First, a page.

Kundra: Current state of cloud utilization 'unacceptable'
Even as private-sector enterprises gain efficiencies and cost savings from cloud computing, cloud strategies continue to present challenges for government, said Federal Chief Information Officer Vivek Kundra.
Speaking at an April 7 policy forum at the Brookings Institution, Kundra said the number of federal data centers has grown from 432 to more than 1,100 in the past decade. "But we're finding that server utilization is actually at around 7 percent. That's unacceptable when you think about all the resources that we've invested," said Kundra.
He also urged agencies to face the problem head on, by promoting a fundamental change in the way IT projects are handled. Government IT has historically been divided by silos which underutilize employees and create needless redundancies, when agencies could be collaborating on their technology efforts, he said.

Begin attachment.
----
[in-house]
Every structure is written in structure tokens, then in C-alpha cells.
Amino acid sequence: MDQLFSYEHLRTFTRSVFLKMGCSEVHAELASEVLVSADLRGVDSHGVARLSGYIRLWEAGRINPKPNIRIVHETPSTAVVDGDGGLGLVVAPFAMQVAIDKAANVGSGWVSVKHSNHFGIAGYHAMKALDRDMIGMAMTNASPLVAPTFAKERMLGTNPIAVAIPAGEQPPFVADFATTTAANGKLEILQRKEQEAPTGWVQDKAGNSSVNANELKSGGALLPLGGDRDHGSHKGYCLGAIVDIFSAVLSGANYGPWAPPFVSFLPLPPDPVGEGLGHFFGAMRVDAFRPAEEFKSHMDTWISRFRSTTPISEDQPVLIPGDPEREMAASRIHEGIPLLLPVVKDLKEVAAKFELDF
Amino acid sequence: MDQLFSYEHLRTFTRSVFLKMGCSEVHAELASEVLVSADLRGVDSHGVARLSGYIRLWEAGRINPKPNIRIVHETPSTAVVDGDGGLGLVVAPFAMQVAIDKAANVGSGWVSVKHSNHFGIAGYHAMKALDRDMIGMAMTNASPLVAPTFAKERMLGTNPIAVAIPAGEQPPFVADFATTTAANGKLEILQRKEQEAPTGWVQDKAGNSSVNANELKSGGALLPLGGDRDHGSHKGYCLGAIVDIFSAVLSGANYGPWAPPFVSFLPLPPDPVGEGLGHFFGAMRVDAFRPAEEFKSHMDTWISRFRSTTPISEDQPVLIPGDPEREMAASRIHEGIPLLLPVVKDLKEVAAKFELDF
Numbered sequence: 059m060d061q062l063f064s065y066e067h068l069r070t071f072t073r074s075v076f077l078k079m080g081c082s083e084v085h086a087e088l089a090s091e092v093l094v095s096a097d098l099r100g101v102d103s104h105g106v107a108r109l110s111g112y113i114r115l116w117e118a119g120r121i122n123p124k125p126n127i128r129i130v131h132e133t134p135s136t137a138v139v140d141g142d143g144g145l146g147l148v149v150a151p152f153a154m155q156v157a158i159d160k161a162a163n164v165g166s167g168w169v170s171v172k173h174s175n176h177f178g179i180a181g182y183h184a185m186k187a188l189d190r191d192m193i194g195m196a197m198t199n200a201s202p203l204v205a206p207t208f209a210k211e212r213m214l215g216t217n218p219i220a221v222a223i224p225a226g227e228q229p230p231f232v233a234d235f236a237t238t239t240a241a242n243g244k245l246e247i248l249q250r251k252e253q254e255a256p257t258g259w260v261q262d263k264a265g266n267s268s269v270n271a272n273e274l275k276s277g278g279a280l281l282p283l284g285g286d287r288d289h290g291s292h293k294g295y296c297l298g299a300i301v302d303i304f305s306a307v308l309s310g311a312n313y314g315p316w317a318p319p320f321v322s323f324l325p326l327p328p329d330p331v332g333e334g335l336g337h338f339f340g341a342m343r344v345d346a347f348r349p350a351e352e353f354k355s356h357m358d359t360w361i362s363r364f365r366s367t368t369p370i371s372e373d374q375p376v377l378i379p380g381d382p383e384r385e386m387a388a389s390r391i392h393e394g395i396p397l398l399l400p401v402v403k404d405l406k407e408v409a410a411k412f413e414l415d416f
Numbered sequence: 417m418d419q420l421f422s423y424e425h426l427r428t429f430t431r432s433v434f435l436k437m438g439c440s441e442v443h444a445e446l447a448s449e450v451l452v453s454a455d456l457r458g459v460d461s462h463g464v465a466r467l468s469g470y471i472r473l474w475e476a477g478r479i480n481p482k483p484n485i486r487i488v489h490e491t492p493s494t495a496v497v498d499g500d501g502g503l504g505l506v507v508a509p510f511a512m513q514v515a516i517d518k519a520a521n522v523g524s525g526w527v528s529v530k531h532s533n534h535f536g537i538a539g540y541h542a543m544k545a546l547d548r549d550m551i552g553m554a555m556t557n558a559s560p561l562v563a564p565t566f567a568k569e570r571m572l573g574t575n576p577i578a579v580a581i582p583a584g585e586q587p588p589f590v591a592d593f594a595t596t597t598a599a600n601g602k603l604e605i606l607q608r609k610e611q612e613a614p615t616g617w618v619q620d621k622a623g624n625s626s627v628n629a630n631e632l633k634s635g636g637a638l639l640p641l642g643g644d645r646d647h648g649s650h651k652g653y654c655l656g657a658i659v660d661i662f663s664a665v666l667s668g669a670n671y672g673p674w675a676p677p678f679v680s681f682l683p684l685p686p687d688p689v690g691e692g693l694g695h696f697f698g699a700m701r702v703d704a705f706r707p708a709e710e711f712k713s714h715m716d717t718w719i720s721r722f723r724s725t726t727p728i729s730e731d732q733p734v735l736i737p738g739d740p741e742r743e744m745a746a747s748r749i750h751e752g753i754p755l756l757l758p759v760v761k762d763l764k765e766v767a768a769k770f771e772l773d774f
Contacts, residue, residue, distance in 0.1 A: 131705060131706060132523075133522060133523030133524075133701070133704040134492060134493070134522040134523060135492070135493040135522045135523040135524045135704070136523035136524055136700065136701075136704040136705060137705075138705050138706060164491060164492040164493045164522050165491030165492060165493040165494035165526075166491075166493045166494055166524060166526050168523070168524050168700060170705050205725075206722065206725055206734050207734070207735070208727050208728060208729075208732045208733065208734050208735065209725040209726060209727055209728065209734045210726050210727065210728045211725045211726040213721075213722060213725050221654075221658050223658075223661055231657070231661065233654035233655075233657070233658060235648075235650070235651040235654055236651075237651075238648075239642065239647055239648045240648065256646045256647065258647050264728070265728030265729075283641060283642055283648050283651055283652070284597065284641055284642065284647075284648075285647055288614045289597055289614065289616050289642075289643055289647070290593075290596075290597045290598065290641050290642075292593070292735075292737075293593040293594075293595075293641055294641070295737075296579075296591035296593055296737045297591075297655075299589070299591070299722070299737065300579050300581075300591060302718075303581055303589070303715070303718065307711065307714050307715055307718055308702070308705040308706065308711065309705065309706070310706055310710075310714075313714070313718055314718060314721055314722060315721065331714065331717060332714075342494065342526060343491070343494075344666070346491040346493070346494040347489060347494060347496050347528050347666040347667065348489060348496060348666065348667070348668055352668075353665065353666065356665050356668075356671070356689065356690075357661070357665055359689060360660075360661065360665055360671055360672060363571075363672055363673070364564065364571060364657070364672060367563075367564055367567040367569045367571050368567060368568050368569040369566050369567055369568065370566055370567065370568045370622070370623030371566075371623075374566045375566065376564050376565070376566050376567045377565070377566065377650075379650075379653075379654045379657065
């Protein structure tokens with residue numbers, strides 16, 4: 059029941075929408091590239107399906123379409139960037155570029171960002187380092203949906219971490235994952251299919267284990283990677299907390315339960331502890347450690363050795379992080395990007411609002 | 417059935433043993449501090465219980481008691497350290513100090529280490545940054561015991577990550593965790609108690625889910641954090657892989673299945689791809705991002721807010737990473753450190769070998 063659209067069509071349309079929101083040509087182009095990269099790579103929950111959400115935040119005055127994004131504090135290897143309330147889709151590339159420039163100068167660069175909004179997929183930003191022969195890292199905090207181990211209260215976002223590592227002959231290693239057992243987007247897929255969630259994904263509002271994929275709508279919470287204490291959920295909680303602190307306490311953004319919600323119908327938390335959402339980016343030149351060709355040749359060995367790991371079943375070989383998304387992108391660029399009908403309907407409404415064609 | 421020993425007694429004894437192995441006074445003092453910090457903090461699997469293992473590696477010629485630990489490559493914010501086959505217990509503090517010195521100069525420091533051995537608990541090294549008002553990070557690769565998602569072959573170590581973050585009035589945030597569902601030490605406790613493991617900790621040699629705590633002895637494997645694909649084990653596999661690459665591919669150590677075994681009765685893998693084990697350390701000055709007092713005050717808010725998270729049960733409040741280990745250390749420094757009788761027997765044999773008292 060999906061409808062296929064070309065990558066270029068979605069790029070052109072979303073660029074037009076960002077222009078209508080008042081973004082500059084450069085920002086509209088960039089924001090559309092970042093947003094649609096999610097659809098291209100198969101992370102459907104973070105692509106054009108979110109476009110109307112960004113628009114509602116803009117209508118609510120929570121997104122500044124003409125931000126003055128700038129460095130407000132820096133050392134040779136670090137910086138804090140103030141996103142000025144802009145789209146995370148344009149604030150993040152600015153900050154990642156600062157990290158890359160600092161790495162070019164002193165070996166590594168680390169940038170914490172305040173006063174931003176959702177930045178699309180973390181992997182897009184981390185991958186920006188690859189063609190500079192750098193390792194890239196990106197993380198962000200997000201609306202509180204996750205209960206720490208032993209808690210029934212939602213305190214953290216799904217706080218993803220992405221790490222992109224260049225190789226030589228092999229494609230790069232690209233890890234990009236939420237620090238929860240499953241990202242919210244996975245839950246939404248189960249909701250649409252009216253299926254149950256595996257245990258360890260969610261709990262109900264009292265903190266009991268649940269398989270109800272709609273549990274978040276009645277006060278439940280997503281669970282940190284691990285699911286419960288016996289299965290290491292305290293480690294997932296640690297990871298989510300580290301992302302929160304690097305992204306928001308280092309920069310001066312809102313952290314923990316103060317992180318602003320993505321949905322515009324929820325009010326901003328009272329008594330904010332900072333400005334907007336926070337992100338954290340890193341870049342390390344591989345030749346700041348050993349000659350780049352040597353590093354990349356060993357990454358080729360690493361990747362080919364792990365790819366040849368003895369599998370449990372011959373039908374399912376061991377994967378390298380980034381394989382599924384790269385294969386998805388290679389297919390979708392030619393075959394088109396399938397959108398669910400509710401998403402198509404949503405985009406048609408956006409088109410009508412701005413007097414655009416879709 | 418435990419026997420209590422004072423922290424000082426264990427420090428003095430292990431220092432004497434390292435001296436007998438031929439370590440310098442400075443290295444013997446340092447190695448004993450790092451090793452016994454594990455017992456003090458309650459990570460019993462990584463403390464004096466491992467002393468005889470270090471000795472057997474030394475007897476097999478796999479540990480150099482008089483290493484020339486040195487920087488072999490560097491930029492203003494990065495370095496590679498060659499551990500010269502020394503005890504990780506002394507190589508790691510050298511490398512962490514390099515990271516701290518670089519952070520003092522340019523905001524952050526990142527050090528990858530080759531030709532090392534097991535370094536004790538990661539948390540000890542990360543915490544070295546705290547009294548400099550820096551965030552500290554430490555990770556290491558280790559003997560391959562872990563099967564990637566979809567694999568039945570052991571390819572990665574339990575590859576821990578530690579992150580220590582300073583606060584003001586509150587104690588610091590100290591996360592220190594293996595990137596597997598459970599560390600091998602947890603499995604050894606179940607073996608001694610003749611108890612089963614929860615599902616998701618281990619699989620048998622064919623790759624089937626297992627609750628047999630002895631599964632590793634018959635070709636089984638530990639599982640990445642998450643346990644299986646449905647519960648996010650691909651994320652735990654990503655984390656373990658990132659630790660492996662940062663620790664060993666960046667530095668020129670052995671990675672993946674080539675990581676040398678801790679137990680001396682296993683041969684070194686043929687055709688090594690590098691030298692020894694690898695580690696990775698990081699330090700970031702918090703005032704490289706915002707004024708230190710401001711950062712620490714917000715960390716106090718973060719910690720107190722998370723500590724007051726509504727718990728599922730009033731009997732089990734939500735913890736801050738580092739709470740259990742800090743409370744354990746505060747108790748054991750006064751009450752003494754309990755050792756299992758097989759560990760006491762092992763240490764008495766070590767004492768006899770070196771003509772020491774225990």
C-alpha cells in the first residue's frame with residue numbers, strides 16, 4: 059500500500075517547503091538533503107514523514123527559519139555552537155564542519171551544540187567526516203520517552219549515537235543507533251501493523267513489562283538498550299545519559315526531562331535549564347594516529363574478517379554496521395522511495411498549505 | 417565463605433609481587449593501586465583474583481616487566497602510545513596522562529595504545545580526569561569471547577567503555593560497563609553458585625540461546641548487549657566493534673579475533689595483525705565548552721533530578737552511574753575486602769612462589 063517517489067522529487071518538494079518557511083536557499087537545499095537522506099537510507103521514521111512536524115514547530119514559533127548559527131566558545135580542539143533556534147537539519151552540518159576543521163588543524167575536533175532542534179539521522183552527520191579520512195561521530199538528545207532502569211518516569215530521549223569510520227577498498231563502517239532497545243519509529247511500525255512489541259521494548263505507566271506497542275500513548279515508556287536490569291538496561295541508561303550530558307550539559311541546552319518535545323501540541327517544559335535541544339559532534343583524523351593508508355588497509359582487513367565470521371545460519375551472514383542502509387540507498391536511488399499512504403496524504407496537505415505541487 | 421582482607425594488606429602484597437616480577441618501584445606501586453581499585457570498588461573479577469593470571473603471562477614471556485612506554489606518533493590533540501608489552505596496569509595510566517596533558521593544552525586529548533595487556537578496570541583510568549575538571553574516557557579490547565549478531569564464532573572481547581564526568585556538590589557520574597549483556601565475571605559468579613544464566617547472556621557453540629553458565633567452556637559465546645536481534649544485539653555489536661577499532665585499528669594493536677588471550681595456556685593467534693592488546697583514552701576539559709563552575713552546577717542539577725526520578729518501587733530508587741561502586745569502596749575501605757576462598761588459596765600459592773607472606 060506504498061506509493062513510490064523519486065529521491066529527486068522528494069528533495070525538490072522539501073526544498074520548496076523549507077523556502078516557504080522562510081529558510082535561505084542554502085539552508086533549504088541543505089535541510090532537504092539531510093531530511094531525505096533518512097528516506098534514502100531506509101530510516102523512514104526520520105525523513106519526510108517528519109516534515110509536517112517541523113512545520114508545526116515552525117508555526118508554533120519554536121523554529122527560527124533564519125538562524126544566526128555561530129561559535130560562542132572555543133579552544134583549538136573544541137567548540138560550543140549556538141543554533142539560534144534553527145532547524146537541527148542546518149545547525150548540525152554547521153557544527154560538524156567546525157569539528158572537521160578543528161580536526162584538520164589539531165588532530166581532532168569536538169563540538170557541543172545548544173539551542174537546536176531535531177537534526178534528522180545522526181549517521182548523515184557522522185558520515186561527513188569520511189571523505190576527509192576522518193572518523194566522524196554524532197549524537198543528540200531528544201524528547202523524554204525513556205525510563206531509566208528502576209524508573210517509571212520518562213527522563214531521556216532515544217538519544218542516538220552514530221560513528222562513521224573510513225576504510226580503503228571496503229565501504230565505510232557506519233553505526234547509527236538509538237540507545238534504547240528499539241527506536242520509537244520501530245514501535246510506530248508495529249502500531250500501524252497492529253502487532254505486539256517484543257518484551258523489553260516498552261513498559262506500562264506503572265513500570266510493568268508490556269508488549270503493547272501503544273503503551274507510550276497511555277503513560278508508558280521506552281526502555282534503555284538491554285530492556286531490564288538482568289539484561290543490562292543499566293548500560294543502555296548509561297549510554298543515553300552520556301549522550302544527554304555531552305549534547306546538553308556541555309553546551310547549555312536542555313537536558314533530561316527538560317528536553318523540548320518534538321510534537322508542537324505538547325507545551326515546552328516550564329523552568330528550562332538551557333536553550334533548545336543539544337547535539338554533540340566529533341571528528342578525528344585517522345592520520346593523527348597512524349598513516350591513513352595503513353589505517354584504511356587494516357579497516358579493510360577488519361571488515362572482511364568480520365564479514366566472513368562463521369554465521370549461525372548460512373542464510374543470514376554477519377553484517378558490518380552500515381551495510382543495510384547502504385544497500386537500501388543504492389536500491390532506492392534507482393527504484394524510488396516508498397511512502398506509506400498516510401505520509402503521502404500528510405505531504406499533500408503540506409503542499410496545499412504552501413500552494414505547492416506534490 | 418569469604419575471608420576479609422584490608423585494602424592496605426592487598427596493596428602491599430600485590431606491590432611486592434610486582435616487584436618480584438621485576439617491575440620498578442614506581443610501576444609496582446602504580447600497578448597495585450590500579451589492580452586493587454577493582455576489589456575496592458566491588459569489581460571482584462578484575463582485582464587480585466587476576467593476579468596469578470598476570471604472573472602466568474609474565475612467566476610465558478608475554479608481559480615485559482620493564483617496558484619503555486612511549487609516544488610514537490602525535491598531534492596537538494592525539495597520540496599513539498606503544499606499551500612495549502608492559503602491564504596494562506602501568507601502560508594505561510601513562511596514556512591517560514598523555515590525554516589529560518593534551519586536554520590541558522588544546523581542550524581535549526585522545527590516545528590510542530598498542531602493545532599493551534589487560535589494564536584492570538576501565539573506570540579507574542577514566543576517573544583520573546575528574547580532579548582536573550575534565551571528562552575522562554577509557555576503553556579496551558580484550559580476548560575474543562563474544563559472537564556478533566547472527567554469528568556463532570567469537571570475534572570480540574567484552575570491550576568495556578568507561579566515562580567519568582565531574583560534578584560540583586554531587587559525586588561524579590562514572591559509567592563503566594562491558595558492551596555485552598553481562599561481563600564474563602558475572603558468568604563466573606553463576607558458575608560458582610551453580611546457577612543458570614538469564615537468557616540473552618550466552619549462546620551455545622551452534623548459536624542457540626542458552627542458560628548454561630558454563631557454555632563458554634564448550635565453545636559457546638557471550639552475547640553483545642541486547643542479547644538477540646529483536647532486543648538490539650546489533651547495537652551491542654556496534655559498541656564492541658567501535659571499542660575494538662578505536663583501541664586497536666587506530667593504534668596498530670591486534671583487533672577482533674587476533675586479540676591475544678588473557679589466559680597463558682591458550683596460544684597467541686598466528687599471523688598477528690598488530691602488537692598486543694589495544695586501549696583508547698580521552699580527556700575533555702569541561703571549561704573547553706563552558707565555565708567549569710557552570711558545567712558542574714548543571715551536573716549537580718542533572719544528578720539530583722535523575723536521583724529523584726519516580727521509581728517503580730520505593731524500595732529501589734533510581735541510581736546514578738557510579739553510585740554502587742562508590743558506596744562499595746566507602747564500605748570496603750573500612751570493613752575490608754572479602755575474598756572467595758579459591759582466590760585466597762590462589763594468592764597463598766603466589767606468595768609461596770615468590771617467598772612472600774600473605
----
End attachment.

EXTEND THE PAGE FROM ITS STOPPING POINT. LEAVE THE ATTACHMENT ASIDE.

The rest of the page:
Cost savings estimates vary greatly but a Brookings Institution paper, which was released at the forum, estimates that agencies could save between 25 percent to 50 percent of information technology infrastructure costs by moving in-house servers to the cloud.
"The economic benefits of cloud computing won't be realized if every agency independently reviews and certifies solutions," said Kundra.
The National Institute of Standards and Technology (NIST) will create standards for data portability, cloud interoperability and security, said Kundra. To kick things off NIST will host a "Cloud Summit" on May 20. This event will provide an opportunity for government agencies and the private sector to meet and discuss collaboration opportunities, both across government and through contracting. The summit will also begin NIST's efforts to define federal government requirements for cloud computing, key technical research, and U.S. standards development.
"In the government it can take years to procure, configure and deploy technology solutions. By using cloud services, the federal government will gain access to powerful technology resources faster and at lower costs. This frees us to focus on mission-critical tasks instead of purchasing, configuring and maintaining redundant infrastructure," said Kundra.
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